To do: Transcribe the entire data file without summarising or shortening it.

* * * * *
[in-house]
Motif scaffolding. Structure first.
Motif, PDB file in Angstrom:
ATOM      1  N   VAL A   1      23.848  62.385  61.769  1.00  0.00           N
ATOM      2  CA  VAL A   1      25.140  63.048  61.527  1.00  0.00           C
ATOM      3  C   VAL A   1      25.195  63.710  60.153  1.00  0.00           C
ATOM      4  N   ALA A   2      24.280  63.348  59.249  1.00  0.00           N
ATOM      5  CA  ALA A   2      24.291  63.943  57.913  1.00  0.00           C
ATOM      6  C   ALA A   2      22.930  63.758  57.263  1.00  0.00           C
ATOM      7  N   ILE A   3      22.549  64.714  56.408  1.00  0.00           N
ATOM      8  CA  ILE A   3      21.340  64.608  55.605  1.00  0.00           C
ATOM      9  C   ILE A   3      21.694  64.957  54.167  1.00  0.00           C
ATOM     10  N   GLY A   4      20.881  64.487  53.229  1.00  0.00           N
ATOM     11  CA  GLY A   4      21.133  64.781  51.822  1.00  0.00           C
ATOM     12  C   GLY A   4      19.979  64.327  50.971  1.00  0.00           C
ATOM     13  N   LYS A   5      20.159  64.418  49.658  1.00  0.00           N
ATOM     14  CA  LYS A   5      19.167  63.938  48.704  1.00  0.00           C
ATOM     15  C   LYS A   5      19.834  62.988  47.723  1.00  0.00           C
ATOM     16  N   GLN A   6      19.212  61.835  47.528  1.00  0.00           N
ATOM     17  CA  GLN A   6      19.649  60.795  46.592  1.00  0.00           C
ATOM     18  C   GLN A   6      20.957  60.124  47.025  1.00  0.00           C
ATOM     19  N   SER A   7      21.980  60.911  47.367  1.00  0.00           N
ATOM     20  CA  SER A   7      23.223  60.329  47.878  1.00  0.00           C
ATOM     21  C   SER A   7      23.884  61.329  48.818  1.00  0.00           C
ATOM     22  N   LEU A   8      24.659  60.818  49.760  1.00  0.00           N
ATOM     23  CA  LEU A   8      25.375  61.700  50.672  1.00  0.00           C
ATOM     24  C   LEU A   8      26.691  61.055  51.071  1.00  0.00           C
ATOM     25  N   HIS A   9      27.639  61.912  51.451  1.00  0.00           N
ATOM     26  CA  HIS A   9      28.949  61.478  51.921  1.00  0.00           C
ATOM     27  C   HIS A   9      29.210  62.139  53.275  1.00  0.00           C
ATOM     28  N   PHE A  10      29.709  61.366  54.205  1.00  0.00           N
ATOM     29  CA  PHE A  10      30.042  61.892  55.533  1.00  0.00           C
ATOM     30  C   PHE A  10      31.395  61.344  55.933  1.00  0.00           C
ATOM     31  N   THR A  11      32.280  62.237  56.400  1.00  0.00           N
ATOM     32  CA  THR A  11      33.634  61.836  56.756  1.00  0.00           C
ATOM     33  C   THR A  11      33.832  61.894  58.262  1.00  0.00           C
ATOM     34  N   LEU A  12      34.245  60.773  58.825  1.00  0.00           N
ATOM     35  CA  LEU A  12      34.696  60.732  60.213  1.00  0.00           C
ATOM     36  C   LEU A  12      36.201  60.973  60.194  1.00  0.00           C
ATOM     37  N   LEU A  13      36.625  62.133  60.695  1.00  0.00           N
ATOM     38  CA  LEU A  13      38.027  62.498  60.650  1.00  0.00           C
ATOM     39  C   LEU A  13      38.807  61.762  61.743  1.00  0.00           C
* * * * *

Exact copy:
[in-house]
Motif scaffolding. Structure first.
Motif, PDB file in Angstrom:
ATOM      1  N   VAL A   1      23.848  62.385  61.769  1.00  0.00           N
ATOM      2  CA  VAL A   1      25.140  63.048  61.527  1.00  0.00           C
ATOM      3  C   VAL A   1      25.195  63.710  60.153  1.00  0.00           C
ATOM      4  N   ALA A   2      24.280  63.348  59.249  1.00  0.00           N
ATOM      5  CA  ALA A   2      24.291  63.943  57.913  1.00  0.00           C
ATOM      6  C   ALA A   2      22.930  63.758  57.263  1.00  0.00           C
ATOM      7  N   ILE A   3      22.549  64.714  56.408  1.00  0.00           N
ATOM      8  CA  ILE A   3      21.340  64.608  55.605  1.00  0.00           C
ATOM      9  C   ILE A   3      21.694  64.957  54.167  1.00  0.00           C
ATOM     10  N   GLY A   4      20.881  64.487  53.229  1.00  0.00           N
ATOM     11  CA  GLY A   4      21.133  64.781  51.822  1.00  0.00           C
ATOM     12  C   GLY A   4      19.979  64.327  50.971  1.00  0.00           C
ATOM     13  N   LYS A   5      20.159  64.418  49.658  1.00  0.00           N
ATOM     14  CA  LYS A   5      19.167  63.938  48.704  1.00  0.00           C
ATOM     15  C   LYS A   5      19.834  62.988  47.723  1.00  0.00           C
ATOM     16  N   GLN A   6      19.212  61.835  47.528  1.00  0.00           N
ATOM     17  CA  GLN A   6      19.649  60.795  46.592  1.00  0.00           C
ATOM     18  C   GLN A   6      20.957  60.124  47.025  1.00  0.00           C
ATOM     19  N   SER A   7      21.980  60.911  47.367  1.00  0.00           N
ATOM     20  CA  SER A   7      23.223  60.329  47.878  1.00  0.00           C
ATOM     21  C   SER A   7      23.884  61.329  48.818  1.00  0.00           C
ATOM     22  N   LEU A   8      24.659  60.818  49.760  1.00  0.00           N
ATOM     23  CA  LEU A   8      25.375  61.700  50.672  1.00  0.00           C
ATOM     24  C   LEU A   8      26.691  61.055  51.071  1.00  0.00           C
ATOM     25  N   HIS A   9      27.639  61.912  51.451  1.00  0.00           N
ATOM     26  CA  HIS A   9      28.949  61.478  51.921  1.00  0.00           C
ATOM     27  C   HIS A   9      29.210  62.139  53.275  1.00  0.00           C
ATOM     28  N   PHE A  10      29.709  61.366  54.205  1.00  0.00           N
ATOM     29  CA  PHE A  10      30.042  61.892  55.533  1.00  0.00           C
ATOM     30  C   PHE A  10      31.395  61.344  55.933  1.00  0.00           C
ATOM     31  N   THR A  11      32.280  62.237  56.400  1.00  0.00           N
ATOM     32  CA  THR A  11      33.634  61.836  56.756  1.00  0.00           C
ATOM     33  C   THR A  11      33.832  61.894  58.262  1.00  0.00           C
ATOM     34  N   LEU A  12      34.245  60.773  58.825  1.00  0.00           N
ATOM     35  CA  LEU A  12      34.696  60.732  60.213  1.00  0.00           C
ATOM     36  C   LEU A  12      36.201  60.973  60.194  1.00  0.00           C
ATOM     37  N   LEU A  13      36.625  62.133  60.695  1.00  0.00           N
ATOM     38  CA  LEU A  13      38.027  62.498  60.650  1.00  0.00           C
ATOM     39  C   LEU A  13      38.807  61.762  61.743  1.00  0.00           C